We thrive. We Persevere.
And when faced with adversity,
We say WATCH ME!
I remember the day
When the butterflies in my stomach
Rose up to my chest
And began to be a dull ache
I remember the day
When I knew within my being
That this pain means
I had to walk away
The Life in Death installation at Shirley Sherwood Gallery in Kew Gardens offers an “alternative concept of beauty” through the evolving nature of its medium. Best known for her international floral installations, Rebecca Louise Law‘s most intricate large-scale artwork to date is exhibited at Kew from the 7th of October of last year until the 11th of March 2018.
Always With Love is the sequel to best-selling author Giovanna’s debut novel, Billy and Me. It tells of the new much-anticipated chapter to Billy and Sophie’s romance.
As one not to miss a signing event of an awesome author, I let my friend drag me to it.
Giovanna Fletcher – Always With Love | 2 June 2016, Waterstones Trafalgar Square
It came to me as a sad sad news that the most beautiful Waterstones I’ve ever been to has closed down. It may be my favourite Waterstones, with all its grandeur found in the high ceilings, grand staircase and mezzanine – which provided a great view of the store and the shelves below. (Although, Waterstones Piccadilly is a close competition being the biggest bookstore in Europe and all)
I’ve heard the news about it closing down but it was still heart-breaking to see the blacked-out windows and scaffoldings around the building during my recent visit to Birmingham. No more are those hours of browsing in this 20 000 sq ft of book heaven.
I mean look at this all this! Continue reading “The prettiest Waterstones”
I have a profound love affair with the Young Adult genre. This is something that I am proud to admit and also something I cannot deny since, as you will find, my fondness for YA has leaked into my work. The following article is a piece I’ve written for an assessment when I was at university. As they say, “write what you know” or “write what you love.” Well, why not both?
WHAT IS IT ABOUT YA BOOKS: A LOOK AT ITS POPULARITY AND FANDOMS
First published on 16 July 2014 on Where Words Fly.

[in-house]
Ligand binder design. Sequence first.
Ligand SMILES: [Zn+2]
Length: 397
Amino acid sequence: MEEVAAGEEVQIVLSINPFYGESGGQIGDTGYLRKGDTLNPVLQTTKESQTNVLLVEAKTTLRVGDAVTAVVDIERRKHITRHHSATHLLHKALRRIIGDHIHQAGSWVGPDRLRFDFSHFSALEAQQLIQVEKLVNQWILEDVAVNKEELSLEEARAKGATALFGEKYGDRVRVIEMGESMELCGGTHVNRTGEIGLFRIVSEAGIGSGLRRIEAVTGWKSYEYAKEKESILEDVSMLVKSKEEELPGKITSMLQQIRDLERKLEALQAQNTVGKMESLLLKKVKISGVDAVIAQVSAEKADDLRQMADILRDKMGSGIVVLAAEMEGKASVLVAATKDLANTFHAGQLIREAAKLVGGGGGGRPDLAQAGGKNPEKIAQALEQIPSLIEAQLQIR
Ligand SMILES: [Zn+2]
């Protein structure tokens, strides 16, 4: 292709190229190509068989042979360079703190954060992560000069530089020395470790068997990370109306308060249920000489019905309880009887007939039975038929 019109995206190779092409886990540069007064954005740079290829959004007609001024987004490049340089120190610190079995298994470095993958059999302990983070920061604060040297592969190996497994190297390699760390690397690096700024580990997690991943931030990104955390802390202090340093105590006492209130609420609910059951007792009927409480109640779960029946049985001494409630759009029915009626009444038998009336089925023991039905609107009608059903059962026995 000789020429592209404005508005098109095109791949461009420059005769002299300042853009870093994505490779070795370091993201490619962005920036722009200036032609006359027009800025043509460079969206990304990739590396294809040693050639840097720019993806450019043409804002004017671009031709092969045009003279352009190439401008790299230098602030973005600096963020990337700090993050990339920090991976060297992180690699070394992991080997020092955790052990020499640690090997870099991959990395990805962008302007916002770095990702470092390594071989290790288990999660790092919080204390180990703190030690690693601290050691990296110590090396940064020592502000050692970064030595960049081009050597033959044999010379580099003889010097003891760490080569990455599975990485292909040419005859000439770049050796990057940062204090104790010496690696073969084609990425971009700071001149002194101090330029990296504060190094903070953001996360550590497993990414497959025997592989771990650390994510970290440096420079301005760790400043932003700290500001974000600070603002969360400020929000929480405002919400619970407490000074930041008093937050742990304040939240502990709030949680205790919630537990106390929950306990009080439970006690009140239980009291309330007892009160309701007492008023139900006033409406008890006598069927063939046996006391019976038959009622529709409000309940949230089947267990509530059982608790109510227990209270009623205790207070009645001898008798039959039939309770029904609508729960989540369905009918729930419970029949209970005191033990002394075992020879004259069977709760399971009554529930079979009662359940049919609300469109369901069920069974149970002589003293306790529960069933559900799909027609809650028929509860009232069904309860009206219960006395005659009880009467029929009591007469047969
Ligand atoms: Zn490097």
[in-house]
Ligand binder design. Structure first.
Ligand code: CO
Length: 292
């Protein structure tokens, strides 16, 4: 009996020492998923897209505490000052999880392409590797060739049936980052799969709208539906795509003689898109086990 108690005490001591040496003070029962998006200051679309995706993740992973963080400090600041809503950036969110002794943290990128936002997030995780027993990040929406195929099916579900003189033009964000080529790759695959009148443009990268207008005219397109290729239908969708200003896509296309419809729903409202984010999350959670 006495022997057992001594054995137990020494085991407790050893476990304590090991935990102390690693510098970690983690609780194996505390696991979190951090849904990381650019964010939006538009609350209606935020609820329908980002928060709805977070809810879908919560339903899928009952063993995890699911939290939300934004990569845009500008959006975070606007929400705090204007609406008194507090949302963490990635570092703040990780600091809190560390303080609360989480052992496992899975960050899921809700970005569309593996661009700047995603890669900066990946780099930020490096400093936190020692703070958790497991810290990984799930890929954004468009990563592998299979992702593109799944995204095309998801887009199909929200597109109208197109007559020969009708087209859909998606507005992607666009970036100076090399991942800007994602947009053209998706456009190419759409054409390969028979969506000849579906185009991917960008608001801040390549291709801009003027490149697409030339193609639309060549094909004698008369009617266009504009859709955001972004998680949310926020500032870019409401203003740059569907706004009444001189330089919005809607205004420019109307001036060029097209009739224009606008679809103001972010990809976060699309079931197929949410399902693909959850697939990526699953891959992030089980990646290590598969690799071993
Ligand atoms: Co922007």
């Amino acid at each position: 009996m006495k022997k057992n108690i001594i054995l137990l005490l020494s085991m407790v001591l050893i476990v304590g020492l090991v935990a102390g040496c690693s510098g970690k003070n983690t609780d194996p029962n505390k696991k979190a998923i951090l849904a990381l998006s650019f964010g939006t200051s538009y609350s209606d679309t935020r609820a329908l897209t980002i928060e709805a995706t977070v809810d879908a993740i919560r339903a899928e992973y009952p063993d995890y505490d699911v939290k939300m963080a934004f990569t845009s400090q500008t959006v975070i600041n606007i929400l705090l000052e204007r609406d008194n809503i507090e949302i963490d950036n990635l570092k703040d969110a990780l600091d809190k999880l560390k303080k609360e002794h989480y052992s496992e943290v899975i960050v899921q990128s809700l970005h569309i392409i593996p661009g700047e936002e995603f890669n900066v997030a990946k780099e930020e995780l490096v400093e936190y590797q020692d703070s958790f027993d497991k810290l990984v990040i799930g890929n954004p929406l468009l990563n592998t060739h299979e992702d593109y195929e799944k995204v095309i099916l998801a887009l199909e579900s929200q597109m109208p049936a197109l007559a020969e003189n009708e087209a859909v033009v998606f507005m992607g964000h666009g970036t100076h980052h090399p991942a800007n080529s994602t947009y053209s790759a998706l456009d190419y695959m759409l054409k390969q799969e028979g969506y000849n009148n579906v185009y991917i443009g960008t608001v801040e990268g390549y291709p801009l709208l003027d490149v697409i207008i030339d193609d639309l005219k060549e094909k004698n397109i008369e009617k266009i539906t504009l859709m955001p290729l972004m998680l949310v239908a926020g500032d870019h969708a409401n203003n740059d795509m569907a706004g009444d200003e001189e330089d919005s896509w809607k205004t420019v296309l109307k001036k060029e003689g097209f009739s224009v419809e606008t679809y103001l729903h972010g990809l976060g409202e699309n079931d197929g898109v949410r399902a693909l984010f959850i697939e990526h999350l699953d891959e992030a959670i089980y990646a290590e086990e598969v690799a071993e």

Over a decade into the boom in Young Adult Literature and 2014 looks like it is still yet the year that the Young Adult genre is going to be cemented as a true force.
There were 30 000 Young Adult titles published in 2009, which is a massive increase from the 3 000 titles in 1997. In the same year, publishing companies’ total sales for YA exceeded $3 billion and it has been publishers’ favourite bet ever since. To add, according to an artice in The LA Times, more than a dozen publishers has launched young adult imprints. And finally, with websites such as Epicreads releasing lists of “The 15 Most Anticipated YA Books Coming” every month since September in 2013 to date, it is evident that YA popularity is as strong as ever if not growing even stronger.
The genre mainly targeted at teenagers has become so popular in the past years that it has been recognized as a separate genre from Children’s and stores and libraries started having entire separate sections with rows of shelves entirely dedicated to YA. Continue reading “What is it about YA books: A look at its popularity and fandoms”
The immense representation of the feminine, the political and the cultural is very palpable and striking in Wangechi Mutu’s latest exhibition entitled Nguva na Nyoka (meaning “Siren and Serpents” in Swahili). Staying true to the title, her collage paintings are of grotesquely deformed underwater creatures which screams surrealism with the contrasting elements of humans, animals and machines. They also manifest hyperbolism and diversity through the way she forced together an overload of materials, themes and references which you don’t ordinarily see together. Despite the initial jarring sense that her works present, they are both seductive and eerie all at once.
The exhibition spans the two floors of Victoria Miro’s Gallery in London, showcasing the art works of this New York-based artist with Kenyan origins. Mutu uses a variety of media – mixing both textiles and art materials – to create her hybrid creatures with magazine cut-outs, watercolours, beads, feathers and fabrics. These distorted chimaeras do not only emulate the mythologic core of the exhibit’s theme, but their faces made up of big eyes and lips lifted from fashion magazines also satirise the stereotypes and preconceptions of women’s images and identities in the society.
There are drinks by the entrance; people are holding foot-tall glasses of beers; some are eating dinner; and, there’s the constant buzz of chatter and natter all around. Loud music is playing and there are also strobe lights. But no, this is not a party or a casual social night. In fact, chairs are lined-up in rows to face the stage at the front of the venue and people are just waiting for the event to start.
“Ladies and Gentlemen, welcome to Salon London… I hope we got something for everyone tonight.” says the host. It is Salon London’s last event for the year, where you get dancing and drinking breaks in between speakers. The Salon is also celebrating its 6th birthday in this intimate venue at The Proud Archivist in Haggerston, with the bar just by the door.
This is part of the the new trend emerging across the capital. The need for intellectual spaces where you can think, debate, socialise and drink at the same time. It’s an academic and aristocratic 18th century concept bleeding into the 21st century of pop culture and mainstream society; it’s the new age of modern-day salons.